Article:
Seven Days of Bass

I’ve long said that my personal favorite era of pop music is England from 1977 to 1984 or so. While most would immediately cite the boom that was 1963-67, and that was certainly a fertile ground for much dynamic invention, I’ve always liked where the form went in the later era. It seemed that pop music was nothing but dead ends by the late 70’s and yet miraculously by the middle of the next decade there seemed to be countless new avenues and directions to go (and indeed it did). The inventiveness of dozens of major and minor bands broke so much ground at a time when moving the form an inch was akin to a mile (whereas the artists in 1963 saw a mile to be just about a mile) that 30 years later there is still countless records ripe for discovery.

While I wouldn’t say that today’s pick is anything that obscure—though they aren’t where they should be in fans memories—regardless, I wanted to say more that in my favorite era this band produced two stellar records that I turn to as much as any when I’ve nothing readily in my mind to listen to.
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My Favorite Record of the Year


Over the next coming days, I’m set to finally roll out my favorite records of last year, 2014. Today’s sole entry is my favorite record. Remaining posts will be a collection of brief reviews in capsule form.

Putting the Manic Street Preachers into a historical setting is perhaps the greatest way to begin to see just how special the band continues to be. As they entered their third decade recording music there wasn’t any reason to believe they would be any different from any other once great band reaching that point; the Who had seen their third decade together birth the post-Keith Moon unevenness of Face Dances and It’s Hard; the Rolling Stones produced as much dreck in the 80’s (Emotional Rescue, Tattoo You, Undercover, Dirty Work, and Steel Wheels are all so hit and miss that only Voodoo Lounge‘s general blandness makes them passable in comparison) as David Bowie did (Tonight is as middling as he’s ever been and the later work with Tin Machine only points to this conclusion even more: though to be fair to Bowie you’d admit that this is the Manics twelfth album, while Bowie was still that strong too—his twelfth was Heroes after all). The Kinks could even be thrown into the mix, and hell, if it wasn’t for the resurrection on Delta Machine, Depeche Mode would be pointing to the same ether after the retro-thud of Sounds of the Universe. Saying all this, especially in 2014, the Manic Street Preachers seem most closely comparable with U2, they both are attempting rejuvenation and relevance within the larger framework of politically charged arena-art rock, but where U2 released one of the blandest records by a major artist ever in 2014 (with Songs of Innocence) coupled with the complete missing of the mark that was the Apple iTunes giveaway/breach of privacy, the Manic Street Preachers miraculously continued to release some of their most forward looking music of their ever growing career. The fact that the music is as chart ready as it is politically astute only laments even stronger at the thrust of the music on display here.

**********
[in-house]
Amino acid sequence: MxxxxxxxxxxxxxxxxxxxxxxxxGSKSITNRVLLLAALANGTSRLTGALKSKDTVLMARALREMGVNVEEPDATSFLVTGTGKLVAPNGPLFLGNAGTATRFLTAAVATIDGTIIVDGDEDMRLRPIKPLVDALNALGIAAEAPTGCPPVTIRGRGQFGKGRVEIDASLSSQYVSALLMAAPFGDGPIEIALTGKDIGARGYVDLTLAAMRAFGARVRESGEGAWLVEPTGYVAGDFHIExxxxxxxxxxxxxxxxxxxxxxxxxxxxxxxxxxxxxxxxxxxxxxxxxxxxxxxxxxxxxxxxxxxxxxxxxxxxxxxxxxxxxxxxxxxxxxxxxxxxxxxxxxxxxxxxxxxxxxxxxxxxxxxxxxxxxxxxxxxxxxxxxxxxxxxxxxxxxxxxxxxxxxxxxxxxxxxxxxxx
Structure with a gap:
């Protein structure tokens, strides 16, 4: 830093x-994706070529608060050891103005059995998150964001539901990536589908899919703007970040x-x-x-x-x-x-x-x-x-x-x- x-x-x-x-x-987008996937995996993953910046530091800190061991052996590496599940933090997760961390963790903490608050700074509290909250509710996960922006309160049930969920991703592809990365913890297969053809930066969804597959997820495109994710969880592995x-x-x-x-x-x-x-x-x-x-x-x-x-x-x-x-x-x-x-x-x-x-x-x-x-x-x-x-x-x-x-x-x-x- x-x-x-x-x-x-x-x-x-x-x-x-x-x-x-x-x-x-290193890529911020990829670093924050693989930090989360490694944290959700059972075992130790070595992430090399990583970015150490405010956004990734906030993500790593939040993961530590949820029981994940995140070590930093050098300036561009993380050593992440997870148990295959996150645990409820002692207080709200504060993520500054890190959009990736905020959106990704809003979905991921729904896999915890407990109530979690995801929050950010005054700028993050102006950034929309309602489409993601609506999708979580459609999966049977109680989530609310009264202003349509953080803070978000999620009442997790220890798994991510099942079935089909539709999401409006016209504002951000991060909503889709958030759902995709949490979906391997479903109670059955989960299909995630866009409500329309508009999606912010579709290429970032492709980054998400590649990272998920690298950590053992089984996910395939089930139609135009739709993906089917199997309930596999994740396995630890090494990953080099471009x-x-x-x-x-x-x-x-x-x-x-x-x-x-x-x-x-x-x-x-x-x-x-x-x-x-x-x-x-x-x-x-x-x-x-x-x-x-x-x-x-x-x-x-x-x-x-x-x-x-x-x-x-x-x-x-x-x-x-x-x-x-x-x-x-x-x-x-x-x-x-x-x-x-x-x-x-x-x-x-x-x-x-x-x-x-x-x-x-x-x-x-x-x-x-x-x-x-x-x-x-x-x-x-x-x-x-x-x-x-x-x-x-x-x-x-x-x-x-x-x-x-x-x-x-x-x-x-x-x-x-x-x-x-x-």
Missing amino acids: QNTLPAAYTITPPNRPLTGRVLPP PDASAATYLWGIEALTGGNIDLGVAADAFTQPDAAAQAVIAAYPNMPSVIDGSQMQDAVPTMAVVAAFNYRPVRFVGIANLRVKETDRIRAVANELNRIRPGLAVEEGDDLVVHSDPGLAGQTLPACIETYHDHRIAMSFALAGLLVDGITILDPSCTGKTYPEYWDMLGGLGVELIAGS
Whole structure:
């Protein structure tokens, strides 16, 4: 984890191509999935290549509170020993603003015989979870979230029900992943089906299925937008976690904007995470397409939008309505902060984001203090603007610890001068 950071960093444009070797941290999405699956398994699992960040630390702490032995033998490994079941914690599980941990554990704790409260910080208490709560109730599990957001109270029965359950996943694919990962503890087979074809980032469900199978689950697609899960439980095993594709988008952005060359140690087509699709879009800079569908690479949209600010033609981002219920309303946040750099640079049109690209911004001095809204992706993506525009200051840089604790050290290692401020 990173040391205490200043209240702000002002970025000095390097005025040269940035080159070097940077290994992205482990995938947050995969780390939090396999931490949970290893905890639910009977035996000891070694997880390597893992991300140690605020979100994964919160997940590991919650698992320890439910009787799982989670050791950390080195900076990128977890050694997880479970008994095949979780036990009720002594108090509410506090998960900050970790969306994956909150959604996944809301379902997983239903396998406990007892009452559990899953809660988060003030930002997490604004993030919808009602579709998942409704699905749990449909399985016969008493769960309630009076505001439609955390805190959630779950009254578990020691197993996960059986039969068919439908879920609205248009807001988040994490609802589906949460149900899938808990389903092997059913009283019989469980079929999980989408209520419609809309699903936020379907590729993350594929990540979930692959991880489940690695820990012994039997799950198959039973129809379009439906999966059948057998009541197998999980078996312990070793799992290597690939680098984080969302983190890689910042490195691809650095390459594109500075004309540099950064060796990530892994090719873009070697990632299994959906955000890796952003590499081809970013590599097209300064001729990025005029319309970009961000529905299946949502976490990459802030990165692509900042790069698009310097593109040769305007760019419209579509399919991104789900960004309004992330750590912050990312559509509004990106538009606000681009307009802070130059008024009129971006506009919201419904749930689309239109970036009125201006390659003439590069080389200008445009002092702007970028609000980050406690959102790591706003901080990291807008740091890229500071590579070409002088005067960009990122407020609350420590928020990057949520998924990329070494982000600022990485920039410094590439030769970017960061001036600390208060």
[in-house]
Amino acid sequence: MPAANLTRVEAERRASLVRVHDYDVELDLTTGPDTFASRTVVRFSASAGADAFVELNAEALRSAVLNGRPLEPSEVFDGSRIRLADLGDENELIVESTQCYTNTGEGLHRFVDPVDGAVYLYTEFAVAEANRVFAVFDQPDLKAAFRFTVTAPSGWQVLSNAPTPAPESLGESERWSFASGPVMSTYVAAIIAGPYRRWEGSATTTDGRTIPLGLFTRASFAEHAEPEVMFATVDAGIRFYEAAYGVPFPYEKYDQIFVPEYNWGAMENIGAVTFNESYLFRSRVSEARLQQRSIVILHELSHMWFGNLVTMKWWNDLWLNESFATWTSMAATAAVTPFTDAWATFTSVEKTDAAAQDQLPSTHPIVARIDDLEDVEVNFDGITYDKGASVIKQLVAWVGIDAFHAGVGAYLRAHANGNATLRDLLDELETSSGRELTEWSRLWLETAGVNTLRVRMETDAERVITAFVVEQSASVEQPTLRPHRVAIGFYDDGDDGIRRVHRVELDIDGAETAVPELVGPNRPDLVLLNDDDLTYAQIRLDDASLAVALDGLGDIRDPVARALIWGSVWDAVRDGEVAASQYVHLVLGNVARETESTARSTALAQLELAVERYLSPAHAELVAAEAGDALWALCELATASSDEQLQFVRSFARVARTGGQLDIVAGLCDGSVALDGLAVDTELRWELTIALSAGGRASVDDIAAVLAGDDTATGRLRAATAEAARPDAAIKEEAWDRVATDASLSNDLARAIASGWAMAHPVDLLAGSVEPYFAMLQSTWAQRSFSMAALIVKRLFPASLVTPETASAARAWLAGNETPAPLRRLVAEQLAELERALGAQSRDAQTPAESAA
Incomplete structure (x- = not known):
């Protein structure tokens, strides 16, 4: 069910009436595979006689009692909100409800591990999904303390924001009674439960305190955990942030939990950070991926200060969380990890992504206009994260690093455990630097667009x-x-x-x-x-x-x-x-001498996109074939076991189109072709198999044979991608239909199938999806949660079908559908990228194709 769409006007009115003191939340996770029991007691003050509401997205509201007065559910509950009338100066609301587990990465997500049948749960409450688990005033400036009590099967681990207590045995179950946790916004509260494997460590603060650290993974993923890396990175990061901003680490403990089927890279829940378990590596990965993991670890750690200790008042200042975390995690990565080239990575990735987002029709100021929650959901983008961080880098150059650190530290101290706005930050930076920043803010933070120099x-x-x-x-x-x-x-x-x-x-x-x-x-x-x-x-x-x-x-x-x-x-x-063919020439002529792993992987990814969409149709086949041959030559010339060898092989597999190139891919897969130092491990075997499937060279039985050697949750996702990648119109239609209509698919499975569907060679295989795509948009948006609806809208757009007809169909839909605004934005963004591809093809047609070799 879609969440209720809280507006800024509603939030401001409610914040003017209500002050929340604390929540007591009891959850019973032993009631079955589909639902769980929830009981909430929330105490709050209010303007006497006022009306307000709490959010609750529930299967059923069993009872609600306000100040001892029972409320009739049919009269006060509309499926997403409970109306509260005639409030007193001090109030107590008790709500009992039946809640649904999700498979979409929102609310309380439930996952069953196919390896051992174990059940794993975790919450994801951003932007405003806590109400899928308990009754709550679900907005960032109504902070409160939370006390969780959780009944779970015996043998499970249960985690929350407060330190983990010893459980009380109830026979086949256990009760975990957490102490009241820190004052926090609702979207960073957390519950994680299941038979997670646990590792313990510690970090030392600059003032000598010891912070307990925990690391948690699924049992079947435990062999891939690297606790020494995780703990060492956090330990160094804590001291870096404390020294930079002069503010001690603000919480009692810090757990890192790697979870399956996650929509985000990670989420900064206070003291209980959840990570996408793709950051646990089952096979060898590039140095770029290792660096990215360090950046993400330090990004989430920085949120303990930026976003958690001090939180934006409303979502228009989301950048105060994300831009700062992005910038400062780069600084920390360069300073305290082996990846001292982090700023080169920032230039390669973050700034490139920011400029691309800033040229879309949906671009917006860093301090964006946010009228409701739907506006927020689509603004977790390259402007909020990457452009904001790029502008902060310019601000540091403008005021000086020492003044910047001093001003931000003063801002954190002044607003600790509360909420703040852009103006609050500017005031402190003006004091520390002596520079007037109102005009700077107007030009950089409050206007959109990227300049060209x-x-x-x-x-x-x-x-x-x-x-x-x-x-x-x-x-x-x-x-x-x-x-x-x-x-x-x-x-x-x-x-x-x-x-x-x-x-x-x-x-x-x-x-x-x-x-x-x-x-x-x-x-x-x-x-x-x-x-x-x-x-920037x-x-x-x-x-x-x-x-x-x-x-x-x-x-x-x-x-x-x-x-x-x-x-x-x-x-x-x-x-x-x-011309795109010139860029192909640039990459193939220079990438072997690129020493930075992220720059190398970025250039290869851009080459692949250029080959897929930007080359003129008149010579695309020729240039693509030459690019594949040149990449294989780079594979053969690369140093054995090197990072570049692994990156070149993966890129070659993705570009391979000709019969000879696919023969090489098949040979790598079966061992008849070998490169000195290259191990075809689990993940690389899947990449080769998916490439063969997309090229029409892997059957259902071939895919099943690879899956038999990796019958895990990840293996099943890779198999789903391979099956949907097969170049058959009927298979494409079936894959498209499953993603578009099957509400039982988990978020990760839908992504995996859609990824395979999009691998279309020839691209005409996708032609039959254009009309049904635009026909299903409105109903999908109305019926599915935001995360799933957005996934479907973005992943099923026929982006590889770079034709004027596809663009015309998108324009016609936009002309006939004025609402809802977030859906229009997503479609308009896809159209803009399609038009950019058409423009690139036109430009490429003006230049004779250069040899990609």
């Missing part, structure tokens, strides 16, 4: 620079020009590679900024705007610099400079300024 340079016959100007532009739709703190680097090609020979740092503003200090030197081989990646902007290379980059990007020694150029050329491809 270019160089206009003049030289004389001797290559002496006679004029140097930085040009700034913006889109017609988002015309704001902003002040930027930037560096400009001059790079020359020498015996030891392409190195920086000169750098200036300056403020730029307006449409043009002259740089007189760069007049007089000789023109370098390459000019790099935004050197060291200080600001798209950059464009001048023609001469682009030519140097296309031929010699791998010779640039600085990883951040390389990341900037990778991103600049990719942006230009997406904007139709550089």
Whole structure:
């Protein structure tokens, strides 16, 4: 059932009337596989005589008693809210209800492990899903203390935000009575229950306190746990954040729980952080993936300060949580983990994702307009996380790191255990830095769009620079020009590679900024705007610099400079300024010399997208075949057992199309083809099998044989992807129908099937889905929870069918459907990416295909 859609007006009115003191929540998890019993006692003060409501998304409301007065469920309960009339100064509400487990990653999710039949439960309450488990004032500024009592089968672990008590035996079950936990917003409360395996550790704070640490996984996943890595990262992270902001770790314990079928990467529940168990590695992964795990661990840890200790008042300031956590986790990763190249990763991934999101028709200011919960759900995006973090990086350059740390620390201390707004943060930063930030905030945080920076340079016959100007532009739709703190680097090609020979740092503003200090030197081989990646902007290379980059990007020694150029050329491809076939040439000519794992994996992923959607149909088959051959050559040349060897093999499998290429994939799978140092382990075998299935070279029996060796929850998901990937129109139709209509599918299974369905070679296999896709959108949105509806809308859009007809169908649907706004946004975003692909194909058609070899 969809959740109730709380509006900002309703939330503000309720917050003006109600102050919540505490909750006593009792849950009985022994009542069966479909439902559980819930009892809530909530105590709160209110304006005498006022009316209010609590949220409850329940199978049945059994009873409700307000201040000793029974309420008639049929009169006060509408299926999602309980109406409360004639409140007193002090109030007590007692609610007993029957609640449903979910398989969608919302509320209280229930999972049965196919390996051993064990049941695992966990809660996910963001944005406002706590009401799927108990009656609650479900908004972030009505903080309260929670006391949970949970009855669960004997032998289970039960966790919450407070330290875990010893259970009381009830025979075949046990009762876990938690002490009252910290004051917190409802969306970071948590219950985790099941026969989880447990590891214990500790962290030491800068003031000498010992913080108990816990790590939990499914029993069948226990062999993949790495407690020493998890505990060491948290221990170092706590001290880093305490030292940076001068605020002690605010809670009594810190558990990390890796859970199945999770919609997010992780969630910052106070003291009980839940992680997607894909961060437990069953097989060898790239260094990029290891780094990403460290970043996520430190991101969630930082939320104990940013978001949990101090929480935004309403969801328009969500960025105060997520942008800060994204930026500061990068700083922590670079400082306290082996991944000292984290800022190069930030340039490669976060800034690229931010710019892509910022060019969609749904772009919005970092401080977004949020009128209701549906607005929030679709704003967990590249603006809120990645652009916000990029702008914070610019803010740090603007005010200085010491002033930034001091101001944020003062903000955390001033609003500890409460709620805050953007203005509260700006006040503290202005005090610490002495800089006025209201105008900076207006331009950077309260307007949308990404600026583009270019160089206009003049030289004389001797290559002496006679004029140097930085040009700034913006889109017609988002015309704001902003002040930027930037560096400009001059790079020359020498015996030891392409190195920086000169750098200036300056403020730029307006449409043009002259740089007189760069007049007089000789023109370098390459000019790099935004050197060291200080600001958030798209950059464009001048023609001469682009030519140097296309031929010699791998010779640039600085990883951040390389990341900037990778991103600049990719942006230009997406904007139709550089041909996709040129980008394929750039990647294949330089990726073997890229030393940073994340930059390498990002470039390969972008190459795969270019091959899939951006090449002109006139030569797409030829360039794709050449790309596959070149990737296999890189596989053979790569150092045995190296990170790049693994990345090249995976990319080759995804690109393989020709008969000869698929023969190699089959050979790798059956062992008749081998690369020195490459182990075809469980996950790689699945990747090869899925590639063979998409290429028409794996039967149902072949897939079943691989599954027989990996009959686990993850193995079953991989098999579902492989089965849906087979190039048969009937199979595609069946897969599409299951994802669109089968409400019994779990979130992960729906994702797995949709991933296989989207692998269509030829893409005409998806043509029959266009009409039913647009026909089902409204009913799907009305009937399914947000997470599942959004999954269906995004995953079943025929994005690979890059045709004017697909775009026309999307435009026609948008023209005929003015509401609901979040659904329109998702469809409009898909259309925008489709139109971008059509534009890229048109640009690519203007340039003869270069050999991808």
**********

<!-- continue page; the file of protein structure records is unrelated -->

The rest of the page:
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Eight Days of Bass

It could be very easily argued that without Motown America never gets around to full on desegregation (or if it does it takes a hell of a lot longer), as with their endless array of hits coupled with Curtis Mayfield in Chicago and Phil Spector in LA, white America had many of its racist preconceived notions forever undercut and turned on their face until nothing remained but an empty, hateful husk. From there little remained that couldn’t be demolished with the sudden togetherness that the music had birthed at regular clips just under three minutes at a time. That the music was so incredibly joyous in its often pained lyrics, made the clear humanity of black America seem as obvious as the songs seemed ready made for the dance floor.
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